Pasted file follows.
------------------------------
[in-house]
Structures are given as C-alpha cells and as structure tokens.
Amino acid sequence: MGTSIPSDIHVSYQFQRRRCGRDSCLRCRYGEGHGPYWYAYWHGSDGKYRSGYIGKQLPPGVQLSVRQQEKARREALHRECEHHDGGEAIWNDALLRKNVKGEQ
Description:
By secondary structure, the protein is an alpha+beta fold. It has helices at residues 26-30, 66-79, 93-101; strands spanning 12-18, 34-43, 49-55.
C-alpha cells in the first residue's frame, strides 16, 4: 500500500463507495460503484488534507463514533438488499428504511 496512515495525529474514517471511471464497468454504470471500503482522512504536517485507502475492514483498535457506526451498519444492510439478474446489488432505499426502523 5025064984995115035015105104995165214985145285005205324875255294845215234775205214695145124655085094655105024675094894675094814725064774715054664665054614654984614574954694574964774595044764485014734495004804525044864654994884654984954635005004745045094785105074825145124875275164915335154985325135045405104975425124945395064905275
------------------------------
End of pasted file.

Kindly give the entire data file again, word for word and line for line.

[in-house]
Structures are given as C-alpha cells and as structure tokens.
Amino acid sequence: MGTSIPSDIHVSYQFQRRRCGRDSCLRCRYGEGHGPYWYAYWHGSDGKYRSGYIGKQLPPGVQLSVRQQEKARREALHRECEHHDGGEAIWNDALLRKNVKGEQ
Description:
By secondary structure, the protein is an alpha+beta fold. It has helices at residues 26-30, 66-79, 93-101; strands spanning 12-18, 34-43, 49-55.
C-alpha cells in the first residue's frame, strides 16, 4: 500500500463507495460503484488534507463514533438488499428504511 496512515495525529474514517471511471464497468454504470471500503482522512504536517485507502475492514483498535457506526451498519444492510439478474446489488432505499426502523 5025064984995115035015105104995165214985145285005205324875255294845215234775205214695145124655085094655105024675094894675094814725064774715054664665054614654984614574954694574964774595044764485014734495004804525044864654994884654984954635005004745045094785105074825145124875275164915335154985325135045405104975425124945395064905275